ANDREWS. I'll follow instructions minutely.

(Re-enter SUE.,)

SUE. Mr. Shanks Mr. Shanks!
SHANKS. (Turning) Yes, Sue.
SUE. Joey wants his other shirt and a pair of sox.
SHANKS. What's the matter?
SUE. The Company's going. He's going with

(ANDREWS exit.)

SHANKS. His shirt and sox. Ma Ma ! (Anx-
iously toward house. Re-enter GRANDMA. A drum
heard in distance. SHANKS stops and listens.)

SUE. That's them.

GRANDMA. (Heroically) We're comin', Father
Abraham, a hundred thousand strong.

SHANKS. God A'mighty! (Exit.)

(SuE runs to fence. Enter MRS. BATES.,)

MRS. BATES. Where's Mrs. Shanks?

SUE. Inside. I've told 'em, Mrs. Bates.

MRS. BATES. My Henry's in the Company, and
they're goin' without supper. (Enter MA.,)

MA. They're just drillin', ain't they?

SUE. No'm, they're really going, Mrs. Shanks.
Joey sent me. (Enter SHANKS with small bundle.)

MRS. BATES. Here they come. (Fife and drum


See puge 29

MA: "Don't tell me everything I loved you fur is dead in you?"


effect, increasing with scene until it finishes in song.)
MA. Where's Joey? He can't be with 'em!
SUE. I can see him, Mrs. Shanks. I see Joey.
He's with 'em. (SHANKS goes into road and looks.
MA comes down right, excitedly.)

MA. God! Dear God! (Raises her hands.)
GRANDMA. ( With her) Yer his mother. Don't
fergit that. Let him see you givin' courage to him
as he goes by. (SHANKS comes down from road
and gives SUE the bundle for JOEY; then exit left
rather haunted. Chorus of approaching Company
breaks into "John Brown's Body'') You nursed
him an* you brought him into the world. Come,
keep up his heart ! (Takes MA up. GRANDMA goes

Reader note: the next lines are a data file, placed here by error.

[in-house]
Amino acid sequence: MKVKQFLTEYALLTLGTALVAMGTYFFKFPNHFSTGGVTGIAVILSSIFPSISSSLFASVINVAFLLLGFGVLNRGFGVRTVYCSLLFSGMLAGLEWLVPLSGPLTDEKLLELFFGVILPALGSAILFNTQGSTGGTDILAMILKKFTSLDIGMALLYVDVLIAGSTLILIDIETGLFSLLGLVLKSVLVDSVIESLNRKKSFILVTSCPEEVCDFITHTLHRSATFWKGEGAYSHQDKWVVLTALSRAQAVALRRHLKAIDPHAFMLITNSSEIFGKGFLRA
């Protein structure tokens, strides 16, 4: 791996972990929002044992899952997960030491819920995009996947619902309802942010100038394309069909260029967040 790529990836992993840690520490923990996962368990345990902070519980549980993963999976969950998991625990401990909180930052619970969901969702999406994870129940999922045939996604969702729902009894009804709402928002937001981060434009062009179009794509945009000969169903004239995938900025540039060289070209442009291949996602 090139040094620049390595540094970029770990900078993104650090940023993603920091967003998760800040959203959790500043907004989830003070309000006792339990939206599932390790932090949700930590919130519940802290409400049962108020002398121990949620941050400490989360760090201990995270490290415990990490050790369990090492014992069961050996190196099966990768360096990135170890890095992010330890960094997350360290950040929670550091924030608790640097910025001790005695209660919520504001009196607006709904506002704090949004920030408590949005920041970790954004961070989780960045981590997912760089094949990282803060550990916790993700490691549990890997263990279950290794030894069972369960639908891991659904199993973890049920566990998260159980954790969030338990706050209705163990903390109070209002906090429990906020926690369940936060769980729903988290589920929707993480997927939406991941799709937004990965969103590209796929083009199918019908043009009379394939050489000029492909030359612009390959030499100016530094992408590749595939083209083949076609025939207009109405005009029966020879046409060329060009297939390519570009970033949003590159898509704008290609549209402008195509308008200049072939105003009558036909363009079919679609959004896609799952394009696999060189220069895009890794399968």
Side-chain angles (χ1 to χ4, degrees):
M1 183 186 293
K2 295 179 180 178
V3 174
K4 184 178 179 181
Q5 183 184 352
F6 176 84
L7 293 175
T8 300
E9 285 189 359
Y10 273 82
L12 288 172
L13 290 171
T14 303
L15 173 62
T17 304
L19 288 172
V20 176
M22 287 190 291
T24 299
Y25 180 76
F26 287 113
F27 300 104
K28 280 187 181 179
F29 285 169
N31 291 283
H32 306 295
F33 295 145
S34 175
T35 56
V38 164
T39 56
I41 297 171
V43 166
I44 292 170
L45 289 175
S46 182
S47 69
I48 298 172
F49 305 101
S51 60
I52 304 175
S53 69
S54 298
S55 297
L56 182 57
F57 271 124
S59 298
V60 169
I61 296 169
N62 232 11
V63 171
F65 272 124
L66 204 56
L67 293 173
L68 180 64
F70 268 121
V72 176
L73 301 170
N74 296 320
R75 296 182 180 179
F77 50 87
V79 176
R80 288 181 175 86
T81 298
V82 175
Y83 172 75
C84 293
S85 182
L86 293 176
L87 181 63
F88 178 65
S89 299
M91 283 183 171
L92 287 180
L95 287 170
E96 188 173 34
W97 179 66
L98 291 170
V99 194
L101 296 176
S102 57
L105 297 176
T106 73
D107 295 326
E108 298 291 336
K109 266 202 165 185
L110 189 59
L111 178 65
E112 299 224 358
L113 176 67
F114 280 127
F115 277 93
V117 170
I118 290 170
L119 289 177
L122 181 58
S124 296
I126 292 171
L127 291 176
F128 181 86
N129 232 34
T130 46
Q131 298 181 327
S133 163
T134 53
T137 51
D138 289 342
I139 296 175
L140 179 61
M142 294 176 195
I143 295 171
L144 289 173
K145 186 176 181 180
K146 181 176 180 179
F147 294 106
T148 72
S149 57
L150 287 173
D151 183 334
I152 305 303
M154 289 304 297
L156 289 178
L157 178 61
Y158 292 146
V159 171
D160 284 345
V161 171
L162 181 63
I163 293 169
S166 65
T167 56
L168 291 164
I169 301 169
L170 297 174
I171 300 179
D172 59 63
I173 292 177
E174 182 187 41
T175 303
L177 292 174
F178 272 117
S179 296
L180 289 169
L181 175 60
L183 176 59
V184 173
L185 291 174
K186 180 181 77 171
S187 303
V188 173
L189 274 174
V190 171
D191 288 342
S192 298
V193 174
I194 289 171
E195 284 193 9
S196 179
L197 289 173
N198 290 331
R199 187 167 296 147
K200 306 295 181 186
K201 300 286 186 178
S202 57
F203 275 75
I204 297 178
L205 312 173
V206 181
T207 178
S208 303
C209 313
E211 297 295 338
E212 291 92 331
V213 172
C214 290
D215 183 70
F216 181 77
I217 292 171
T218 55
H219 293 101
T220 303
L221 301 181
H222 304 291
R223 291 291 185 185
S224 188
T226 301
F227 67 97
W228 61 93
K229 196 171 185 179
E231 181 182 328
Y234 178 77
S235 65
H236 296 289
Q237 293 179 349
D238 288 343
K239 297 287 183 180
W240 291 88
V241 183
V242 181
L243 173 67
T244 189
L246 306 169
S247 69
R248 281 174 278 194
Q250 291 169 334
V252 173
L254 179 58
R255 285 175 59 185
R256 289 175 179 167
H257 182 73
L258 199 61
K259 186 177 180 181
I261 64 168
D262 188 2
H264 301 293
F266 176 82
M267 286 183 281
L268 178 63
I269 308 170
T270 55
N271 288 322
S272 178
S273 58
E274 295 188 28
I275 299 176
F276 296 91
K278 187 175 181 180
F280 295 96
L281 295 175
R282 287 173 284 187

into road and meets Company. The women and
SUE indicate approach of Company. The Company,
in rather irregular uniforms, swings by, singing;
GRANDMA waves her apron, leading them in an in-
spired and symbolic manner. SHANKS sneaks on
above well and hides in bushes. Presently JOEY
passes; he slips from line a moment and kisses MA,
then runs and catches up his place. MA leans against
the fence and the women fan her. The scene may
be enlivened by old men and children trailers.)



SCENE: Same set as Act One, but over two years
later. A lilac bush at upper corner of house is
two years larger but without bloom. The month
is July. The back drop shows same topography
as Act One but the field is of ripening corn.
On the post of the porch a cardboard shield of
the U. S. Arms is tacked in lieu of a flag.

TIME: Twilight, fading into moonlight; Friday,
July 3, 1863.

DISCOVERED: MA ironing by the charcoal furnace.
Her ironing board is laid on the backs of two
kitchen chairs. There is a basket of damp linen
and a pile of ironed nearly dry. The baby EL-
SIE, now some three years old, is on an im-
provised bed of chairs, on porch, with a piece
of "quadrille" mosquito net over her. GRAND-
MA sits by knitting sox.

MA. About time fur her medicine, ain't it?

GRANDMA. I'll see.

MA. You set still ; I'll see. (Steps to door.) Yes,